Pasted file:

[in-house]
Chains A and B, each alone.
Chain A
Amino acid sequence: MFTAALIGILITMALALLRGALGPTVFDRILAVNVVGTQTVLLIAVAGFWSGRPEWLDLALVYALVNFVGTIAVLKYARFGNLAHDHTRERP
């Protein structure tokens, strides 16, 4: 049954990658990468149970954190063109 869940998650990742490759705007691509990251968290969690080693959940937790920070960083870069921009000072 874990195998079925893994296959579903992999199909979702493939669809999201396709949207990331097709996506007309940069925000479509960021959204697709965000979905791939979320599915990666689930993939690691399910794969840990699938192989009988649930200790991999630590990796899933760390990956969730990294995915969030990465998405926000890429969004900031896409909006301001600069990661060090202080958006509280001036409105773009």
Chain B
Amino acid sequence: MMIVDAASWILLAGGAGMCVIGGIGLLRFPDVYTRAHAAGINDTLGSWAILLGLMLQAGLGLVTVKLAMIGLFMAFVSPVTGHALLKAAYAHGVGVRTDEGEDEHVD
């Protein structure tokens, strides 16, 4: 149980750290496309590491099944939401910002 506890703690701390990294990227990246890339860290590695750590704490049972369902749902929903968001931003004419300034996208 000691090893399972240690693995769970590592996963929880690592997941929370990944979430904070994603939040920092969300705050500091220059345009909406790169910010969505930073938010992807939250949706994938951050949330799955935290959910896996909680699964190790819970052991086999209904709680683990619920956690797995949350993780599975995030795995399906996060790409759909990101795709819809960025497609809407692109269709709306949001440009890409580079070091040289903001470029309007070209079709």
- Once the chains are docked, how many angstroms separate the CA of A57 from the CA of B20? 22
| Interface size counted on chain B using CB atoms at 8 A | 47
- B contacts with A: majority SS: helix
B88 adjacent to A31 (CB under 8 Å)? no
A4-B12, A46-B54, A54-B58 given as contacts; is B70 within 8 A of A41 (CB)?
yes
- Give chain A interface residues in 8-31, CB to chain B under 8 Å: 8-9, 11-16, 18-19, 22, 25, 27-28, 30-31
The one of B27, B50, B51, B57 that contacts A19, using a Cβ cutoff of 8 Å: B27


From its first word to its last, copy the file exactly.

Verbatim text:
[in-house]
Chains A and B, each alone.
Chain A
Amino acid sequence: MFTAALIGILITMALALLRGALGPTVFDRILAVNVVGTQTVLLIAVAGFWSGRPEWLDLALVYALVNFVGTIAVLKYARFGNLAHDHTRERP
């Protein structure tokens, strides 16, 4: 049954990658990468149970954190063109 869940998650990742490759705007691509990251968290969690080693959940937790920070960083870069921009000072 874990195998079925893994296959579903992999199909979702493939669809999201396709949207990331097709996506007309940069925000479509960021959204697709965000979905791939979320599915990666689930993939690691399910794969840990699938192989009988649930200790991999630590990796899933760390990956969730990294995915969030990465998405926000890429969004900031896409909006301001600069990661060090202080958006509280001036409105773009």
Chain B
Amino acid sequence: MMIVDAASWILLAGGAGMCVIGGIGLLRFPDVYTRAHAAGINDTLGSWAILLGLMLQAGLGLVTVKLAMIGLFMAFVSPVTGHALLKAAYAHGVGVRTDEGEDEHVD
């Protein structure tokens, strides 16, 4: 149980750290496309590491099944939401910002 506890703690701390990294990227990246890339860290590695750590704490049972369902749902929903968001931003004419300034996208 000691090893399972240690693995769970590592996963929880690592997941929370990944979430904070994603939040920092969300705050500091220059345009909406790169910010969505930073938010992807939250949706994938951050949330799955935290959910896996909680699964190790819970052991086999209904709680683990619920956690797995949350993780599975995030795995399906996060790409759909990101795709819809960025497609809407692109269709709306949001440009890409580079070091040289903001470029309007070209079709």
- Once the chains are docked, how many angstroms separate the CA of A57 from the CA of B20? 22
| Interface size counted on chain B using CB atoms at 8 A | 47
- B contacts with A: majority SS: helix
B88 adjacent to A31 (CB under 8 Å)? no
A4-B12, A46-B54, A54-B58 given as contacts; is B70 within 8 A of A41 (CB)?
yes
- Give chain A interface residues in 8-31, CB to chain B under 8 Å: 8-9, 11-16, 18-19, 22, 25, 27-28, 30-31
The one of B27, B50, B51, B57 that contacts A19, using a Cβ cutoff of 8 Å: B27